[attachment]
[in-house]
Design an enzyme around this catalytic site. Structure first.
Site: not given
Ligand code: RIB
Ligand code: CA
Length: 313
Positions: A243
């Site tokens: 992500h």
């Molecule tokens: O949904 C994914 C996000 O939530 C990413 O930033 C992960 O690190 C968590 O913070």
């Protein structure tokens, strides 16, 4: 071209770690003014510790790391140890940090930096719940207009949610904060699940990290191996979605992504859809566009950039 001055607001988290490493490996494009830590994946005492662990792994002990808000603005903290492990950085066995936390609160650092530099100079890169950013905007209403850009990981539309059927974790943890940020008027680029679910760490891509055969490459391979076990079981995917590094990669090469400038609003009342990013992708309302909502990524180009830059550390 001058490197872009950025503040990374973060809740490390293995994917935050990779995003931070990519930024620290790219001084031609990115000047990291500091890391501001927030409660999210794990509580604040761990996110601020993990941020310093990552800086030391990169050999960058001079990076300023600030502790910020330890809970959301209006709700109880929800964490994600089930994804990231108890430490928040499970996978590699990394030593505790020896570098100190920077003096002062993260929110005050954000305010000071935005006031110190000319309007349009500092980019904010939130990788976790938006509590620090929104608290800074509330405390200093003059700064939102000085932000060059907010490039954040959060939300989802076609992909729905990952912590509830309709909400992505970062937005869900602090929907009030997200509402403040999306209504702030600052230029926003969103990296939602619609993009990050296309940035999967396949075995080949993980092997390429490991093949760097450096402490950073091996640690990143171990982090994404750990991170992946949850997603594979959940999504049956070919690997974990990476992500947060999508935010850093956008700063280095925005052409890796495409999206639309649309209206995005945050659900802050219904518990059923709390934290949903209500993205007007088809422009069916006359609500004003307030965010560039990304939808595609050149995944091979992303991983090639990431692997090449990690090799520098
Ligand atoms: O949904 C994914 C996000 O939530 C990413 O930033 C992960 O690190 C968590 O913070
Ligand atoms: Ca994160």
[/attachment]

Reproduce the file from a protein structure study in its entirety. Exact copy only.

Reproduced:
[in-house]
Design an enzyme around this catalytic site. Structure first.
Site: not given
Ligand code: RIB
Ligand code: CA
Length: 313
Positions: A243
């Site tokens: 992500h």
């Molecule tokens: O949904 C994914 C996000 O939530 C990413 O930033 C992960 O690190 C968590 O913070």
């Protein structure tokens, strides 16, 4: 071209770690003014510790790391140890940090930096719940207009949610904060699940990290191996979605992504859809566009950039 001055607001988290490493490996494009830590994946005492662990792994002990808000603005903290492990950085066995936390609160650092530099100079890169950013905007209403850009990981539309059927974790943890940020008027680029679910760490891509055969490459391979076990079981995917590094990669090469400038609003009342990013992708309302909502990524180009830059550390 001058490197872009950025503040990374973060809740490390293995994917935050990779995003931070990519930024620290790219001084031609990115000047990291500091890391501001927030409660999210794990509580604040761990996110601020993990941020310093990552800086030391990169050999960058001079990076300023600030502790910020330890809970959301209006709700109880929800964490994600089930994804990231108890430490928040499970996978590699990394030593505790020896570098100190920077003096002062993260929110005050954000305010000071935005006031110190000319309007349009500092980019904010939130990788976790938006509590620090929104608290800074509330405390200093003059700064939102000085932000060059907010490039954040959060939300989802076609992909729905990952912590509830309709909400992505970062937005869900602090929907009030997200509402403040999306209504702030600052230029926003969103990296939602619609993009990050296309940035999967396949075995080949993980092997390429490991093949760097450096402490950073091996640690990143171990982090994404750990991170992946949850997603594979959940999504049956070919690997974990990476992500947060999508935010850093956008700063280095925005052409890796495409999206639309649309209206995005945050659900802050219904518990059923709390934290949903209500993205007007088809422009069916006359609500004003307030965010560039990304939808595609050149995944091979992303991983090639990431692997090449990690090799520098
Ligand atoms: O949904 C994914 C996000 O939530 C990413 O930033 C992960 O690190 C968590 O913070
Ligand atoms: Ca994160």